Go With Index Funds

Flee Actively Managed Mutual Funds

Let me quote extensively from Ferri's "Power of Passive Investing" book.

"In every asset class, the odds of beating index funds are low, and the payout for being right is well below what a fair payout should be.  The only conclusion one can draw from this data is that active management cannot compete against passive management in any asset class, style, or sector in the long run.

"Only U.S. equity index funds were available to investors up until the 1980s.  Investors had no choice except to purchase high-cost actively managed mutual funds for most asset classes.  This is no longer true.  Today, there are hundreds of low-cost index funds and ETFs that cover a wide variety of asset classes, styles, and sectors.  Choose funds that follow understandable market benchmarks, have low fees, are fully liquid, and tax efficient."

Ferri supports the above statements with mounds of data in his book.  I highly recommend it to all serious passive investors.

Eschew Active Management

 

 

Richard Ferri writes in his book, "The Power of Passive Investing," – "Efficient investing is different from efficient markets."  How true.  Following recommendations of Ferri, Bernstein, Swedroe, and other index advocates, we seek to advise investors to set up and manage well-diversified portfolios in order to increase the probability of success.  Success is increased if index investment vehicles are used.  Here at ITA Wealth Management, we recommend investors use index ETFs and avoid actively managed mutual funds.  The jury is still out on Fundamental Index Funds, and we are not completely shutting them out of our portfolios.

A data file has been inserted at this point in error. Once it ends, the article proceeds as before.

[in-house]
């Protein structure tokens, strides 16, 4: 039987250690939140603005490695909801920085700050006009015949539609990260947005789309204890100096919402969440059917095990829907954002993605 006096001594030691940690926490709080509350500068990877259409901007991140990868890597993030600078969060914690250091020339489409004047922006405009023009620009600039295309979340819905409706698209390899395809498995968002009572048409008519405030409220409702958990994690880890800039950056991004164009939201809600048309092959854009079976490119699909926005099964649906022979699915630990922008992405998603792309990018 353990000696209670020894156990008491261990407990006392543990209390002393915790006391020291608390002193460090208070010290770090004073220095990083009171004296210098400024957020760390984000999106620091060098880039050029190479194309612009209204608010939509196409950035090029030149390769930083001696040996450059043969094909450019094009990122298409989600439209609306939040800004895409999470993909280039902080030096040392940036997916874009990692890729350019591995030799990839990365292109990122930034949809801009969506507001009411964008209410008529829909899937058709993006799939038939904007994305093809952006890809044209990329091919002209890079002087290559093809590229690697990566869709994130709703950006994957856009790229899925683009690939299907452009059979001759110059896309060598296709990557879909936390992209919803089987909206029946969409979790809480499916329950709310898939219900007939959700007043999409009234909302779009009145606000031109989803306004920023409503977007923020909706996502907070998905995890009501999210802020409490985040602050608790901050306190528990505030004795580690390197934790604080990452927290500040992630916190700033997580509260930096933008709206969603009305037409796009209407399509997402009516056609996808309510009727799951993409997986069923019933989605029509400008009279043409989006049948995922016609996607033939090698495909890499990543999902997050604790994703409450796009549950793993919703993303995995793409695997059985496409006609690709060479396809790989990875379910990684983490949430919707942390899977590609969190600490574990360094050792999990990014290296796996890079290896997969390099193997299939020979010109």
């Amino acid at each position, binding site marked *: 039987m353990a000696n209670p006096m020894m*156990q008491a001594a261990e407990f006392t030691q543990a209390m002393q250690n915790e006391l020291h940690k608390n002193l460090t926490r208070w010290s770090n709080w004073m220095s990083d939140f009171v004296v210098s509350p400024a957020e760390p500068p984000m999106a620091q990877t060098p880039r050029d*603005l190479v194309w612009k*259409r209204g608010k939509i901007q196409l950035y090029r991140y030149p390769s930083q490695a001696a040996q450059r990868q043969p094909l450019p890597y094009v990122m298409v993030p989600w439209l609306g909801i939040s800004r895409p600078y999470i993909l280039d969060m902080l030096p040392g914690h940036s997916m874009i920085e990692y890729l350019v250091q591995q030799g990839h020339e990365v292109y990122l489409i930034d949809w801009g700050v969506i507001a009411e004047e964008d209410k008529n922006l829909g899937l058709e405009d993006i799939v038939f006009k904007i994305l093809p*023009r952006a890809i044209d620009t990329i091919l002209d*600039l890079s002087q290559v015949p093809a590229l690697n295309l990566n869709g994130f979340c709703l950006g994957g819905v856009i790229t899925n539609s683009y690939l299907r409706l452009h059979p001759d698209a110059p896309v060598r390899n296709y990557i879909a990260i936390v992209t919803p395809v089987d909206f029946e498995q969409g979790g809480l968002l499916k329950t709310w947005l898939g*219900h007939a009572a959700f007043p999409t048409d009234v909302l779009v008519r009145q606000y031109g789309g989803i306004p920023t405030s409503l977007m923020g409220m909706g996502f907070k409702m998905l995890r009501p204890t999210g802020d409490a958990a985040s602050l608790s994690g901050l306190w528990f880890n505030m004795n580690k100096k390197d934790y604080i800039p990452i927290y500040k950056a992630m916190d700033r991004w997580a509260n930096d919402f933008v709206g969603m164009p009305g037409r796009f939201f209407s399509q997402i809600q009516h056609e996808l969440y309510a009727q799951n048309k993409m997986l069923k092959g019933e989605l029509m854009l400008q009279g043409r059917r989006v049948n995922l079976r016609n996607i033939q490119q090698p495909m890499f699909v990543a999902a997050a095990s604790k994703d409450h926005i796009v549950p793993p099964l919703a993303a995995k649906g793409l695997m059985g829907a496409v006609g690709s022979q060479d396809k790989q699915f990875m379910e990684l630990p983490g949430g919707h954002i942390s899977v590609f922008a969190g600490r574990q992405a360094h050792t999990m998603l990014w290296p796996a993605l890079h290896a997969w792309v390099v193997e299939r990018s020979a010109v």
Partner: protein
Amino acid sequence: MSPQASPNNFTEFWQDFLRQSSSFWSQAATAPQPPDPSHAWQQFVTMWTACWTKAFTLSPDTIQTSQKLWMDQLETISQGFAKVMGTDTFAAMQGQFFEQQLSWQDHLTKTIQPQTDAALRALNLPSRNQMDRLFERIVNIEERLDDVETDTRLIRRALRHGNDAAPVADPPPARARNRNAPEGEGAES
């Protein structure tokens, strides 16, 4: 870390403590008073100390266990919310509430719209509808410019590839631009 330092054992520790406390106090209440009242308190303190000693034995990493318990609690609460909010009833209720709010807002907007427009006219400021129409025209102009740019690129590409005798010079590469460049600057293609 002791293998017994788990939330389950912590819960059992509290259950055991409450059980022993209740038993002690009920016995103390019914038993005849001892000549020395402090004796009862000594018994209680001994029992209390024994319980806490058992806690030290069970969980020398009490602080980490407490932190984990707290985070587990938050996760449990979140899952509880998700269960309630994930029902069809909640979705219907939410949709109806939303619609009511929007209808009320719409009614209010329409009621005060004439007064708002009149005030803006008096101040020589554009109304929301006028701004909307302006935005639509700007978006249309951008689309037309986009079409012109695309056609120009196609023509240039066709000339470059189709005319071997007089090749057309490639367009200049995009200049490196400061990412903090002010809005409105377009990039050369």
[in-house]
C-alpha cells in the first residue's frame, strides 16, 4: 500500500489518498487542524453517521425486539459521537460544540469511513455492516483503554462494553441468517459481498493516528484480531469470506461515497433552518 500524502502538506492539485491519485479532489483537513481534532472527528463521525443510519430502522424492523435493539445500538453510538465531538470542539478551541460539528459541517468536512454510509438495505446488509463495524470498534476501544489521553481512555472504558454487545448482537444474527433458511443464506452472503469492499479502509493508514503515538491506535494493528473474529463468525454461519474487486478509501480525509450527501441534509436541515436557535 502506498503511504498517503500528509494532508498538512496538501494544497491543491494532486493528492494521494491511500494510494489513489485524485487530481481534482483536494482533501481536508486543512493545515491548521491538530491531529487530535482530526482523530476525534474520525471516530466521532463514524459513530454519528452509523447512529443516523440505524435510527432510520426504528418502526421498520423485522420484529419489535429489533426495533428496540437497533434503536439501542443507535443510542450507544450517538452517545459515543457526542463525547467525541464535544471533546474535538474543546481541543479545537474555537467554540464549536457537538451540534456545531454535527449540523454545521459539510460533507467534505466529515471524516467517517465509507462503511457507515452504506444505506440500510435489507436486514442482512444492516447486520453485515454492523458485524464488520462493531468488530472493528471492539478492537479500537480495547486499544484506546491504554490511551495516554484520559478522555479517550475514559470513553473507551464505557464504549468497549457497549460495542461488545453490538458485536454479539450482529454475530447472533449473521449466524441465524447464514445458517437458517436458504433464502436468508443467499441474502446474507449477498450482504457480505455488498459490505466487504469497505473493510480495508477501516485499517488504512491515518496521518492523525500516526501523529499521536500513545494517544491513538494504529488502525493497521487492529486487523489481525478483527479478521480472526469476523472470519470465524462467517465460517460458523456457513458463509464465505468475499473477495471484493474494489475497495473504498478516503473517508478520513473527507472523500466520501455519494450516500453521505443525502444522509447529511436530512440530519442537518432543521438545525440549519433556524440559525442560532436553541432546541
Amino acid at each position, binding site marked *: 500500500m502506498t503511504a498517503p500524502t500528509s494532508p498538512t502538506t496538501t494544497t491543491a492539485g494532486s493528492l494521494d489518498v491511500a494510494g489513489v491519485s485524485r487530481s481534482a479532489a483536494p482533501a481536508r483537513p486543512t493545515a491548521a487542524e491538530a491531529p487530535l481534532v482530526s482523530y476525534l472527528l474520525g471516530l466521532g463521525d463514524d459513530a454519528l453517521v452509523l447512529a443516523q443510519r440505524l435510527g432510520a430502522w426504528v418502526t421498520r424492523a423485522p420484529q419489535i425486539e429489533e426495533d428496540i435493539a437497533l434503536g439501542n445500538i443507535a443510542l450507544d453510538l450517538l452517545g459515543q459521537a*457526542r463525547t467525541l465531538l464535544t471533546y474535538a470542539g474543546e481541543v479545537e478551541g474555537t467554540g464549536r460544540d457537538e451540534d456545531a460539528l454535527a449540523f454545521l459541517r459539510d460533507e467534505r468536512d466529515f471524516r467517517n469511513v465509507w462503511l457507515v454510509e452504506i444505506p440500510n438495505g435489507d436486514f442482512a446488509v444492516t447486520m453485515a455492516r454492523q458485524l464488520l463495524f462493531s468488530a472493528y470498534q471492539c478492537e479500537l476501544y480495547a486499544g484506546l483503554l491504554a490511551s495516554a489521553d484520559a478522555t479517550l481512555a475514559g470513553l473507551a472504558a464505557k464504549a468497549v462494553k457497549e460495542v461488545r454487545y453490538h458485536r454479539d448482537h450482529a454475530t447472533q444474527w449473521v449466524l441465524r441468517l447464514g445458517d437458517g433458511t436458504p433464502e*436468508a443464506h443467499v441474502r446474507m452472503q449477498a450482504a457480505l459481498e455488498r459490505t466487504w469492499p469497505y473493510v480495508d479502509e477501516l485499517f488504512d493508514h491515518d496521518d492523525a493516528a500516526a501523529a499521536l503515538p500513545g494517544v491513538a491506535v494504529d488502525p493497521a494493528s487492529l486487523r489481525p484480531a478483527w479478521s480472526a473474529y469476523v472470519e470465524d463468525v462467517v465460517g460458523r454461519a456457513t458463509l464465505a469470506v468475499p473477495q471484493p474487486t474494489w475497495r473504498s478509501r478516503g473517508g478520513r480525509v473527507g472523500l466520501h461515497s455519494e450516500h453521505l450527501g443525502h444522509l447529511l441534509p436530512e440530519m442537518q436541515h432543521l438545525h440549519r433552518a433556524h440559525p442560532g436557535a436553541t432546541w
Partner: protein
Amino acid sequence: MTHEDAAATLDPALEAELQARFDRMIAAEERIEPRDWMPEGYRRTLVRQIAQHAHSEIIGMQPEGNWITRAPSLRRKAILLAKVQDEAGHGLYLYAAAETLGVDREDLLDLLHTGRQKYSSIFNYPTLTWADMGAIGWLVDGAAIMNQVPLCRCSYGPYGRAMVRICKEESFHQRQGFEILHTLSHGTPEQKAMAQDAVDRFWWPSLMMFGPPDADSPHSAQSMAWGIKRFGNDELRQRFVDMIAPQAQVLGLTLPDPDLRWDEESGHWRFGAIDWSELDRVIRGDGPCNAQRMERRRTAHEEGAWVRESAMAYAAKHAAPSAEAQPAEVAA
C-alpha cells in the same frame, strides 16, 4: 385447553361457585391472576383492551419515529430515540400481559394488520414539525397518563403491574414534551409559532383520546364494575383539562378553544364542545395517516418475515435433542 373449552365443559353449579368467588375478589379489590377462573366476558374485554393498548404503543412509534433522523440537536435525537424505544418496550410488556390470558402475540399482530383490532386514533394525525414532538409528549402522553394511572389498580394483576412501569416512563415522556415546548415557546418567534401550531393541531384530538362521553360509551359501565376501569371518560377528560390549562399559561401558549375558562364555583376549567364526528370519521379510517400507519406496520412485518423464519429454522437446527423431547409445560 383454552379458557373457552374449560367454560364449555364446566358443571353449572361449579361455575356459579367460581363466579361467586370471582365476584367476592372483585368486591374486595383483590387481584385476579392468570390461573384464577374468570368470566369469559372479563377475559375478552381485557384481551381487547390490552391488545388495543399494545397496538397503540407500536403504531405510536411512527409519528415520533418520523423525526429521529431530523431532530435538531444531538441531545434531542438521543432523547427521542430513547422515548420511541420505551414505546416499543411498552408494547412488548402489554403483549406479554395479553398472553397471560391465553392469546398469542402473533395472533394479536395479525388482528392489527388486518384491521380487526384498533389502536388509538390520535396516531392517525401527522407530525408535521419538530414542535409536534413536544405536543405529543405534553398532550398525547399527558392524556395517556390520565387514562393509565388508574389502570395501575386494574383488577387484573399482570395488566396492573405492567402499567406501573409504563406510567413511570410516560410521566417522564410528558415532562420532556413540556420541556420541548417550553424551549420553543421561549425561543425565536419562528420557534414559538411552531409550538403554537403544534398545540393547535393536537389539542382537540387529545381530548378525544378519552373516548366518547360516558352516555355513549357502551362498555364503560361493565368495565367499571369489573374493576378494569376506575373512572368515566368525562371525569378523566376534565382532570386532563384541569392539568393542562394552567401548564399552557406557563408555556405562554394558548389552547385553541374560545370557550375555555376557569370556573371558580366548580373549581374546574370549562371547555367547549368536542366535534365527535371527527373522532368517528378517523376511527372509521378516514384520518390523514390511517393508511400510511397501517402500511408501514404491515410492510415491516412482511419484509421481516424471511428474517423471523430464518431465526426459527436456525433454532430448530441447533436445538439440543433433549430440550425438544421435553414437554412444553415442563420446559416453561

The reason for eschewing active management and actively managed mutual funds in particular is the hurdles they need to jump.  Fees are just one.  Right out of the gate, the probability of selecting a successful actively managed mutual fund is low.  I've been there and know the difficulty.  What is particularly troubling, and Ferri points this out in his Passive Investing book, is that investors rarely stop with selecting one mutual fund.  Instead, they buy fund after fund, a sure formula for under performance.  Why? 

If we have a 60% chance of losing ground to an appropriate benchmark in a given year with one actively managed mutual fund, by adding a second and third fund we increase the probability of losing even more ground to the benchmark.  Adding more actively managed mutual funds to a portfolio reduces the probability of outperforming the benchmark and the problem is exacerbated as more years pass.

And the solution?  Use index funds or better still, index ETFs.  This blog is loaded with suggestions.  Just surf around using categories of interest.  The links are found on the right-hand edge of every blog entry.  For full access, become a Platinum member.